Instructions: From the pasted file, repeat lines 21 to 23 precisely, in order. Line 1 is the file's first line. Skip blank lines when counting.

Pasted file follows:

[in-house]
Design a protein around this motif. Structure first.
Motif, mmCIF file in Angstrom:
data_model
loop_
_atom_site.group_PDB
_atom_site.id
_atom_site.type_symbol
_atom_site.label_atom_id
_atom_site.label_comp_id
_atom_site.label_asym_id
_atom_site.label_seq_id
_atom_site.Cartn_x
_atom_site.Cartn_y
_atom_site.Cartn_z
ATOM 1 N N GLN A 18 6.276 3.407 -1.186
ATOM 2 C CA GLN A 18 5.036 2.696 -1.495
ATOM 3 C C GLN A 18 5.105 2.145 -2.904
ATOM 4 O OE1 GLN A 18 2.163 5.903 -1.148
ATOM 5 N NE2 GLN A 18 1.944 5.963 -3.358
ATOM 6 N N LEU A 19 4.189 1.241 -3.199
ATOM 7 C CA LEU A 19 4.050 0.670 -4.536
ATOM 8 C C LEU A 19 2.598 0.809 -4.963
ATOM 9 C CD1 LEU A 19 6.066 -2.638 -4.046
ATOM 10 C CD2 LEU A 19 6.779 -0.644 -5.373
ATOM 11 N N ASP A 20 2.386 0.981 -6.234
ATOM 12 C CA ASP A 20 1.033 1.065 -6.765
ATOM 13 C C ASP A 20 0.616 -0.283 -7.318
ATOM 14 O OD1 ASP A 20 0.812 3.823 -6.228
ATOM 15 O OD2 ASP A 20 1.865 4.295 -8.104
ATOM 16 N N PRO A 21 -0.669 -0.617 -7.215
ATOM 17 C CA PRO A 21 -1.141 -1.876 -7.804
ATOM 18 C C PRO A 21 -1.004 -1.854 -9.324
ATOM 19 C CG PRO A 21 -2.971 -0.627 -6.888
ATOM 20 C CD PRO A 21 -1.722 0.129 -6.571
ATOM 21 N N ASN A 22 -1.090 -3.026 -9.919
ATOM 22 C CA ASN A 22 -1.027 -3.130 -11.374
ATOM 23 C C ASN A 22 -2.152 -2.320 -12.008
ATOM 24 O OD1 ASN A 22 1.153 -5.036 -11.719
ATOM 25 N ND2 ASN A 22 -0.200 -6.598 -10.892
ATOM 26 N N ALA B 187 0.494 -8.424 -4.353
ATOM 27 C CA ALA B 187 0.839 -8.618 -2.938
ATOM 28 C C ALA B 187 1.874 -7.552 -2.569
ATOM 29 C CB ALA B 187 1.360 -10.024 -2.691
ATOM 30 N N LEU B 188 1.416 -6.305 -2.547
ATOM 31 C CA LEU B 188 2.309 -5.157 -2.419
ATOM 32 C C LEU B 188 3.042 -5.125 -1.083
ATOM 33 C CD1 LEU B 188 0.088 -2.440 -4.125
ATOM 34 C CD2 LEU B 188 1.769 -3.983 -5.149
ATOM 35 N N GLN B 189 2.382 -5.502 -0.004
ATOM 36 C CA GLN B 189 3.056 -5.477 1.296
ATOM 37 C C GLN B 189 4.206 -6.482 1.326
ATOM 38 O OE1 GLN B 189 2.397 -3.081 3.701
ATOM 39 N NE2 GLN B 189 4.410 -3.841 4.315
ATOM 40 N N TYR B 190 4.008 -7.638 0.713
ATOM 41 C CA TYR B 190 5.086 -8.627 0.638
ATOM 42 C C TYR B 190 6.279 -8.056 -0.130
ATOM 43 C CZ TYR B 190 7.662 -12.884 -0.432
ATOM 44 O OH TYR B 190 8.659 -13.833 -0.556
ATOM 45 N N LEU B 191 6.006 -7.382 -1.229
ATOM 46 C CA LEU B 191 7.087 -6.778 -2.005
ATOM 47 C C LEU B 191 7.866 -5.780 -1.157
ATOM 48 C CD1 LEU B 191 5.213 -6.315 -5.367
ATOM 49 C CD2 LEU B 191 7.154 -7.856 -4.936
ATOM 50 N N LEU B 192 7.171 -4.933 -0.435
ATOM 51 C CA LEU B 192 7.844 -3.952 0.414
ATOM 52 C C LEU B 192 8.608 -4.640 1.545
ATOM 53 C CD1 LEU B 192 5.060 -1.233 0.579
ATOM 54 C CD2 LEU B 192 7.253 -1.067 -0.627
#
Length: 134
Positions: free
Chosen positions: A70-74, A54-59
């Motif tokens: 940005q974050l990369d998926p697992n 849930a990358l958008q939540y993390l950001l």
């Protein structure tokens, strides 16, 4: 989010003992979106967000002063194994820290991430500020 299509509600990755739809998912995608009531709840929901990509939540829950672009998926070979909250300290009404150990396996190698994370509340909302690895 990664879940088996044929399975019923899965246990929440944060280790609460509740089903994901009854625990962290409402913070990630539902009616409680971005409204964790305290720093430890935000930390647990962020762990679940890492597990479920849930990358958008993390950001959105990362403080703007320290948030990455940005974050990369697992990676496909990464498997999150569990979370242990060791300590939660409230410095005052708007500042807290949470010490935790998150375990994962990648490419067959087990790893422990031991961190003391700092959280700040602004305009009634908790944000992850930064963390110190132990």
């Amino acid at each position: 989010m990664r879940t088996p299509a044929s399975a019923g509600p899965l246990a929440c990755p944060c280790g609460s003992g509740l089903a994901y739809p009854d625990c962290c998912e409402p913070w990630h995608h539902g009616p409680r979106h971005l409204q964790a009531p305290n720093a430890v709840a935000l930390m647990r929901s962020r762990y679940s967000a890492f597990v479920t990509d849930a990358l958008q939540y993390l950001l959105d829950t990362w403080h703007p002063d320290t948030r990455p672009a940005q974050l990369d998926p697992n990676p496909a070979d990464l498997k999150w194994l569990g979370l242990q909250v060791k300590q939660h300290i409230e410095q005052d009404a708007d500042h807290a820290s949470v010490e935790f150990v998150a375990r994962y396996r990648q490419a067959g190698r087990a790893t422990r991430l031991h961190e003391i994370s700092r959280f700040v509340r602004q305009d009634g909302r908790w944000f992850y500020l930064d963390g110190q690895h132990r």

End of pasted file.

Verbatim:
ATOM 6 N N LEU A 19 4.189 1.241 -3.199
ATOM 7 C CA LEU A 19 4.050 0.670 -4.536
ATOM 8 C C LEU A 19 2.598 0.809 -4.963